Webinar for Victim Service Providers and Advocates
“How Title IX Includes Community Victim Service Providers” Wednesday, November 5, 2014 10:00 am, central standard time
Webinar Description: Since the vast majority of sexual assault victims are between the ages of 12 and 24, most are left without a clear path toward healing and sustaining their education. This 60 minute webinar will discuss what protections Title IX Offers students and what advocates can do to help victims get the accommodations they need.
This webinar is open to the public, please share!
Facilitator: Victim’s Rights Law Center (VRLC), Deputy Director Lindy Aldrich, Esq., trains throughout the U.S., has served as a national consultant to federal agencies on Title IX and campus sexual assault policies, and has been a guest commentator for MSNBC, CNN, and other media outlets. She has a faculty member of the MS Coalition Against Sexual Assault OVW Campus Technical Assistance Project team since 2010 as the Title IX and Sexual Misconduct Policy Expert.
Thursday November 20, 2014 11am-12:30pm Pacific Time (2pm-3:30pm Eastern)
"Connecting the Dots: An Overview of the Links between Multiple Forms of Violence" is a new resource co-developed by CDC's Division of Violence Prevention and Prevention Institute. This webinar highlights key content from this resource including the latest research on the connections between different forms of violence and how these connections affect communities. Taylor Code Maxie, a survivor of violence and hip hop artist, will perform and Tomei Kuehl from Colorado's Department of Public Health and Environment will also join us to describe how Colorado has worked strategically and creatively to prevent multiple types of violence from occurring in the first place
Hosts: Ashley Maier & David S. Lee, PreventConnect, CALCASA
Annie Lyles, Prevention Institute Taylor Code Maxie, Hip Hop Artist Marci Hertz, MS, Centers for Disease Control and Prevention Tomei Kuehl, MPA, Colorado Department of Public Health and Environment
Natalie Wilkins, PhD, Centers for Disease Control and Prevention,National Center for Injury Prevention and Control(NCIPC)
By the end of the presentation, participants will learn:
What the latest research says about shared risk and protective factors across different forms of violence How experiencing one form of violence affects people's risk for experiencing other forms of violence How to consider peoples' risk and protection from multiple forms of violence within the context of their communities Examples of ways state health departments can address multiple forms of violence through shared risk and protective factors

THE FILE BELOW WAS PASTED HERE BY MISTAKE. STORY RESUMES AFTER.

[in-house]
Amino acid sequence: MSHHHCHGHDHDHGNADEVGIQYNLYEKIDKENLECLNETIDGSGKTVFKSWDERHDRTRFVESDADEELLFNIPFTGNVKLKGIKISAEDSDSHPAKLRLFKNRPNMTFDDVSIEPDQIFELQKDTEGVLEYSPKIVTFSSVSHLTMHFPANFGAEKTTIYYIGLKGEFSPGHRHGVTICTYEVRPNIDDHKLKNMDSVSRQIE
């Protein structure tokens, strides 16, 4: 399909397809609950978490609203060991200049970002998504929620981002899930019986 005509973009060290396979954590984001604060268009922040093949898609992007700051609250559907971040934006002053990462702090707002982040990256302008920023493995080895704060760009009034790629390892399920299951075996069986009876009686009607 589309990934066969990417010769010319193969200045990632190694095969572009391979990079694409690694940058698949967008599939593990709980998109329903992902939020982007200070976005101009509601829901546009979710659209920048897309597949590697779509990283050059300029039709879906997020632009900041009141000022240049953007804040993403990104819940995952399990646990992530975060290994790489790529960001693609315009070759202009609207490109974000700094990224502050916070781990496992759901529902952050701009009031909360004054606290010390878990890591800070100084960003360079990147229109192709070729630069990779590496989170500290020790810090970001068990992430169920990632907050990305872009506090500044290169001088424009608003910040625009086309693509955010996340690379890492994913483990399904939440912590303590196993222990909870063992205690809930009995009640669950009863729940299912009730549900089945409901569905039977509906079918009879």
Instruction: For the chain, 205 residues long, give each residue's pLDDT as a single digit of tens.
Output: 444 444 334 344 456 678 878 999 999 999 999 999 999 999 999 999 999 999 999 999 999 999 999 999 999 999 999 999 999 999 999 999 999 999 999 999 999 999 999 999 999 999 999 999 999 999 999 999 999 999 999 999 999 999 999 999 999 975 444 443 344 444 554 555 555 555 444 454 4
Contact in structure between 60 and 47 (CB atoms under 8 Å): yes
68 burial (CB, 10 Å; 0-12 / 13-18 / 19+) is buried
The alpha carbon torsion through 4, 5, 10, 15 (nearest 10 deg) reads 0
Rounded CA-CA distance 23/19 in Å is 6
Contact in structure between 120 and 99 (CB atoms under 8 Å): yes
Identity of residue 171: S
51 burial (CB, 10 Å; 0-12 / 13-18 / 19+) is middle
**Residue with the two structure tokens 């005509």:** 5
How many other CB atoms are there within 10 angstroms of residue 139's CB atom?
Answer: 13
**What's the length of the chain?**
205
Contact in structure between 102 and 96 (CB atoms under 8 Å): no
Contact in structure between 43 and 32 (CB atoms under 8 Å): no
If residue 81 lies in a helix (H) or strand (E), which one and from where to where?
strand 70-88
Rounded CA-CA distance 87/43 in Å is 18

When a jurisdiction reveals that it has large numbers of sexual assault kits that have never been submitted to the lab, it faces a number of complex, sensitive, and interconnected challenges. To better understand the problem and possible solutions, the National Institute of Justice funded multi-disciplinary teams to investigate the issues in Detroit and Houston. The projects engaged key stakeholders (including police, prosecutors, victims, and victims support providers) in partnership with researchers to explore the underlying reasons of why so many unsubmitted sexual assault kits accumulated over time and make recommendations about how best to proceed. In this seminar, the teams will discuss the issues they grappled with: how to triage and process the testing of the kits, when and how to notify victims, and how to make policy and practice changes to both prevent future buildups of kits and enhance the provision of justice for victims of sexual assault.
• Rebecca Campbell, Ph.D., Michigan State University. • Noel Busch-Armendariz, Ph.D., University of Texas at Austin. • Bill Wells, Ph.D., Sam Houston State University. • Mary Lentschke, Assistant Chief, Houston Police Department.
Moderator: Bethany Backes, Social Science Analyst, National Institute of Justice, US Department of Justice.
Time: 11:00am–12:30pm Pacific (Please note the time in your timezone: 12pm–1:30pm Mountain, 1pm–2:30pm Central, 2pm–3:30pm Eastern)